Phosphates are just another form of fossil resource. Over millions of years, the annual cycles of life and death in ocean upwelling zones have propelled sedimentation of organic matter. Critters expire or are eaten, and their shredded carcasses accumulate in sediments as fecal pellets and as gelatinous flocculation termed marine snow. Decay of some of this deposited organic matter consumes virtually all of the dissolved oxygen near the seafloor, a natural process that permits formation of finely-layered, organic-rich muds. These muds are a biogeochemical "strange brew," where calcium -- derived directly from seawater or from the shells of calcareous plankton - and phosphorus - generally derived from bacterial decay of organic matter and dissolution of fish bones and scales - combine over geological time to form pencil-thin laminae and discrete sand to pebble-sized grains of phosphate minerals. Without phosphates there are no living plants or animals.  For more information, see Grimm, 1998.

Therefore, to the extent that humans are no longer integrated with the ecosystems in which they live, they are doomed to extinction by exhausting all accessible planetary stocks of minerals, soil and clean water. The question is not if, but how fast? For ancient agriculture the answer seems to be a few thousands of years, with a possible exception of China.  For modern agriculture, I would be surprised if it lasts for another century without a major systemic crash.

In the last two blogs, I gave you an abstract proof of no trash production in Earth's Kingdom, except for its dirty human slums. Are there any other, more direct proofs, perhaps based on measurements? It turns out that there are two approaches that complement each other and lead to the same conclusions. The first approach is based on a top-down view of the Earth from a satellite and a mapping of the reflected infrared spectra into biomass growth. I will summarize this proof here. The second approach, also described in my OECD paper, involves a direct counting of all crops, grass, and trees, and translating the weighed or otherwise measured biomass into net primary productivity of ecosystems. Both approaches yield very similar results.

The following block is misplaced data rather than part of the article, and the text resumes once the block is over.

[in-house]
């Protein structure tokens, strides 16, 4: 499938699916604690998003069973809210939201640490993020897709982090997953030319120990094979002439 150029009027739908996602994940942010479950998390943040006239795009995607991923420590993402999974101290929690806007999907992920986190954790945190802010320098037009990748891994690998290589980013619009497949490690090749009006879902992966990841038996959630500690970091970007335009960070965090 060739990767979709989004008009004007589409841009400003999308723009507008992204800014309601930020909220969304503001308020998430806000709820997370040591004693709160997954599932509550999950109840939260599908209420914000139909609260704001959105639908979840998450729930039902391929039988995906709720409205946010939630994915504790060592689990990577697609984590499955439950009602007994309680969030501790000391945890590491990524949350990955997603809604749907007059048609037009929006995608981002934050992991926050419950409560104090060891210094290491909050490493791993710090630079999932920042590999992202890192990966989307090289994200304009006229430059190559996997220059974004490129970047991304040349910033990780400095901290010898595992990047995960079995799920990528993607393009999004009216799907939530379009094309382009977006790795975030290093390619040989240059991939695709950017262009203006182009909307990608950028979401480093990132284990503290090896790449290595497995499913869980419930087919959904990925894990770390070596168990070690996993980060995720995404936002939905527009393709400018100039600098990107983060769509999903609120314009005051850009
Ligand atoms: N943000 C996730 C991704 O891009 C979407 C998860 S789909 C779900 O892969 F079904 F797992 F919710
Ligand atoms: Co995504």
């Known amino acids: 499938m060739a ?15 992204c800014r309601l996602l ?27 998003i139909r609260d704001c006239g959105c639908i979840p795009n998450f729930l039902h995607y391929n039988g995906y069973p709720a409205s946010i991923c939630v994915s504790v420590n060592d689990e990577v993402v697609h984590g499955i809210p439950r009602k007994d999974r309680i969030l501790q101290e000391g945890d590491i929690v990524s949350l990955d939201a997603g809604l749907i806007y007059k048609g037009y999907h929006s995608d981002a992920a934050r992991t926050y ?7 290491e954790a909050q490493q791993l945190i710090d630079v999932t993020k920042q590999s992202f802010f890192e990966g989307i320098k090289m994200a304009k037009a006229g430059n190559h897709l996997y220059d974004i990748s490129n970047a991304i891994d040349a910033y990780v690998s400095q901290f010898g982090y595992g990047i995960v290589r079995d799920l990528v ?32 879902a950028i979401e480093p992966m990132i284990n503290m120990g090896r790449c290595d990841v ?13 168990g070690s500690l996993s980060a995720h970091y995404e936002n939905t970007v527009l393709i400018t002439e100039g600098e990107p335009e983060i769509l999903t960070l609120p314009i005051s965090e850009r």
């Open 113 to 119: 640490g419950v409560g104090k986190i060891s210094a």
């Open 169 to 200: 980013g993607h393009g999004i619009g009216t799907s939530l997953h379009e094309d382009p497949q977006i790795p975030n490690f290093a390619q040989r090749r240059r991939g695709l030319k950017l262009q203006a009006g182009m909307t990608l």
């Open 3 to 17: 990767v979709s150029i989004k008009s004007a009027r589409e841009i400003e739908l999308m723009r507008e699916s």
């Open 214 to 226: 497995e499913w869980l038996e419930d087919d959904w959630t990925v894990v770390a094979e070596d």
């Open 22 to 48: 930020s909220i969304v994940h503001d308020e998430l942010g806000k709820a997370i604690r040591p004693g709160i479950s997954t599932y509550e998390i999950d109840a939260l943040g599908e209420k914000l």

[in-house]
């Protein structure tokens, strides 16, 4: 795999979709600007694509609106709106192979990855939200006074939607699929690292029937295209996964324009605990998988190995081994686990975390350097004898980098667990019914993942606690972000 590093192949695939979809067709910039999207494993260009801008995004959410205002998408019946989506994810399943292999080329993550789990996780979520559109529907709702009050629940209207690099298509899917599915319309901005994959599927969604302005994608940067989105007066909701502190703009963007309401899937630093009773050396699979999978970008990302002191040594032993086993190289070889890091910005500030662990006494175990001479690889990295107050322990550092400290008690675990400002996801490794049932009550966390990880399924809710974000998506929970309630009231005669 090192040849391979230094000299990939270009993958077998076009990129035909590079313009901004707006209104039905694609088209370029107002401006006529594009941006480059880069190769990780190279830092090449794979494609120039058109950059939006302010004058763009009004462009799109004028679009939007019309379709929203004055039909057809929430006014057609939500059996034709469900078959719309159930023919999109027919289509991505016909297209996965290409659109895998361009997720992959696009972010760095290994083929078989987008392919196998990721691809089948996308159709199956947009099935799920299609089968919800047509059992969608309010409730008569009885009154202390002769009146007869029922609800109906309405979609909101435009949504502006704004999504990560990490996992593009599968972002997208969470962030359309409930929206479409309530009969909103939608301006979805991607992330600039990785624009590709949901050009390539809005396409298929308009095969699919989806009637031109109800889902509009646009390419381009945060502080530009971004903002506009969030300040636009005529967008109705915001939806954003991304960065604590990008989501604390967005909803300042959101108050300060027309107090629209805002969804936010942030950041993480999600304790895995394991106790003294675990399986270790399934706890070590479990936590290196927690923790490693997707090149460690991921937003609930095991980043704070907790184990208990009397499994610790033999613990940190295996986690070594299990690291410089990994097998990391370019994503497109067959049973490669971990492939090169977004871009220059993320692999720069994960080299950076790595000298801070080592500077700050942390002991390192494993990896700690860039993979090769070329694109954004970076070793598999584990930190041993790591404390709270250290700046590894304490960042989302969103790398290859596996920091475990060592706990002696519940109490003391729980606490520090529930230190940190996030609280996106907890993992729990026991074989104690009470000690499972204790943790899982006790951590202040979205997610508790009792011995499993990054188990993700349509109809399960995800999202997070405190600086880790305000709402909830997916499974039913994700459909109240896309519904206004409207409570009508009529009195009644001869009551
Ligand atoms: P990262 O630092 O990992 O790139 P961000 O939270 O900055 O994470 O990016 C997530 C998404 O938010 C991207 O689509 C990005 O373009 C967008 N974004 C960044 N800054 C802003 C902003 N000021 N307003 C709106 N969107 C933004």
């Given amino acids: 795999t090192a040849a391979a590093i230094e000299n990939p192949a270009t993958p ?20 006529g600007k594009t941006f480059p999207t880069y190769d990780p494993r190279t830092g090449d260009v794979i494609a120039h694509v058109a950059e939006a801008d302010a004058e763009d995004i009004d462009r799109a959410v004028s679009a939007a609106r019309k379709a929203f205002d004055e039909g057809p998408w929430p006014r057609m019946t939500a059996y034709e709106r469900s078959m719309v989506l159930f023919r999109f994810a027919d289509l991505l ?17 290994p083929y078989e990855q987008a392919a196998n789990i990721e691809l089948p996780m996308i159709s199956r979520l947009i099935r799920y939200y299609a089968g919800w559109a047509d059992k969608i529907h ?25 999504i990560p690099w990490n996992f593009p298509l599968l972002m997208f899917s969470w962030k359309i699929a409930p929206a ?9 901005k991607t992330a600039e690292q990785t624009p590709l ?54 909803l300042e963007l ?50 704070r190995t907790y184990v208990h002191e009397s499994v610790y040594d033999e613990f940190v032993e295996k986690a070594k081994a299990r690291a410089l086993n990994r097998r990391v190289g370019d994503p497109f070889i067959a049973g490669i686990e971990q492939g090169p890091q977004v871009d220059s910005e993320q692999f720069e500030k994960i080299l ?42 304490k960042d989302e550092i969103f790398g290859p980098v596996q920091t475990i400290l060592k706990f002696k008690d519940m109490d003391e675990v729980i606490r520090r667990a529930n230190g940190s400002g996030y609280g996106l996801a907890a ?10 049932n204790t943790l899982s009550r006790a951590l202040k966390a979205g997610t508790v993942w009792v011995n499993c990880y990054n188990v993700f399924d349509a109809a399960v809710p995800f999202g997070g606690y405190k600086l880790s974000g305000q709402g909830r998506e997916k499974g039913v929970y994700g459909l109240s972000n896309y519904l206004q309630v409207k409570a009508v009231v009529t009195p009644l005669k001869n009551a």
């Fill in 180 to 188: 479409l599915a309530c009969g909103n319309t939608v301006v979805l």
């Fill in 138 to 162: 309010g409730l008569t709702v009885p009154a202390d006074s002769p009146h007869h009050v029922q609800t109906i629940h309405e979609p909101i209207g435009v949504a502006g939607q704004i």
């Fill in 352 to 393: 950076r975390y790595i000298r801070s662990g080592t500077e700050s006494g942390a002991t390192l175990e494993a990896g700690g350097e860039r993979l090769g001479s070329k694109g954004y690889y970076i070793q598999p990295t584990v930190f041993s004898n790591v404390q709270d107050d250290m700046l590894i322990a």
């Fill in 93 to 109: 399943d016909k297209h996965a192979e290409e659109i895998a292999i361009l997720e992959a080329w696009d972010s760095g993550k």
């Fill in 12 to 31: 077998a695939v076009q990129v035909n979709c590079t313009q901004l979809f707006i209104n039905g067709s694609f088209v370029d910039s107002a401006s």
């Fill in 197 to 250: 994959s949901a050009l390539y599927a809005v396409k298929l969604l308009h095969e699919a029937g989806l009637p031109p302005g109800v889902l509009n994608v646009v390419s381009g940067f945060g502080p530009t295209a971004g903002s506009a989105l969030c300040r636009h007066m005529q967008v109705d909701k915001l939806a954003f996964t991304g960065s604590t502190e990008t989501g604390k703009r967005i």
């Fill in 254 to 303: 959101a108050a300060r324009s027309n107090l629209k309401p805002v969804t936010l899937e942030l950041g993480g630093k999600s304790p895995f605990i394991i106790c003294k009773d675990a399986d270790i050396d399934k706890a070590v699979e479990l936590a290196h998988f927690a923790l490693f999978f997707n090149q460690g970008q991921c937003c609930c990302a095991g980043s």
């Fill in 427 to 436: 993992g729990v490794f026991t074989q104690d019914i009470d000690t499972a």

Net Primary Productivities (NPP's = what's left for plants to grow and everyone else on the planet to eat) of Asia-Pacific, South America, and Europe - relative to North  America.  Now you understand why we plunder the tropics.  There, plants grow faster, and there is more money to be made with impunity by destroying the environment.  The phenomenal net ecosystem productivity of Asia Pacific is 4.2 larger than that of North America.  The South American ecosystems deliver 2.7 times more than their North American counterparts, and Europe just 0.85. These NPP's were calculated  from the NASA MOD17A2/A3 model.
Global ecosystem productivity can be estimated by combining remote sensing with a carbon cycle analysis. The US National Aeronautics and Space Administration (NASA) Earth Observing System (EOS) currently "produces a regular global estimate of gross primary productivity (GPP) and annual net primary productivity (NPP) of the entire terrestrial earth surface at 1-km spatial resolution, 150 million cells, each having GPP and NPP computed individually."  The MOD17A2/A3 User's Guide (2003) provides a description of the Gross and Net Primary Productivity estimation algorithms designed for the MODIS instrument aboard of the Aqua and Terra satellites.
NASA's Aqua satellite carries six state-of-the-art instruments in a near-polar low-Earth orbit. The six instruments are the Atmospheric Infrared Sounder (AIRS), the Advanced Microwave Sounding Unit (AMSU-A), the Humidity Sounder for Brazil (HSB), the Advanced Microwave Scanning Radiometer for EOS (AMSR-E), the Moderate-Resolution Imaging Spectroradiometer (MODIS), and Clouds and the Earth's Radiant Energy System (CERES).
MODIS, or the Moderate Resolution Imaging Spectroradiometer, is a key instrument that provides high radiometric sensitivity (12-bit) in 36 spectral bands ranging in wavelength from 0.4 to 14.4 microns, which is the range of infrared radiation emitted by tree canopies, grasses, and the Earth surface. Most of this radiation leaves the Earth and warms up the cold universe.  This is the main reason why life can persist on the Earth.

MODIS provides global maps of several land surface characteristics, including surface reflectance, albedo (the percent of total solar energy that is reflected back from the surface), land surface temperature, and vegetation indices. Vegetation indices tell scientists how densely or sparsely vegetated a region is and help them to determine how much of the sunlight that could be used for photosynthesis is being absorbed by the vegetation. MODIS is also very good at detecting deforestation and degeneration of ecosystems.

The bottom line is this: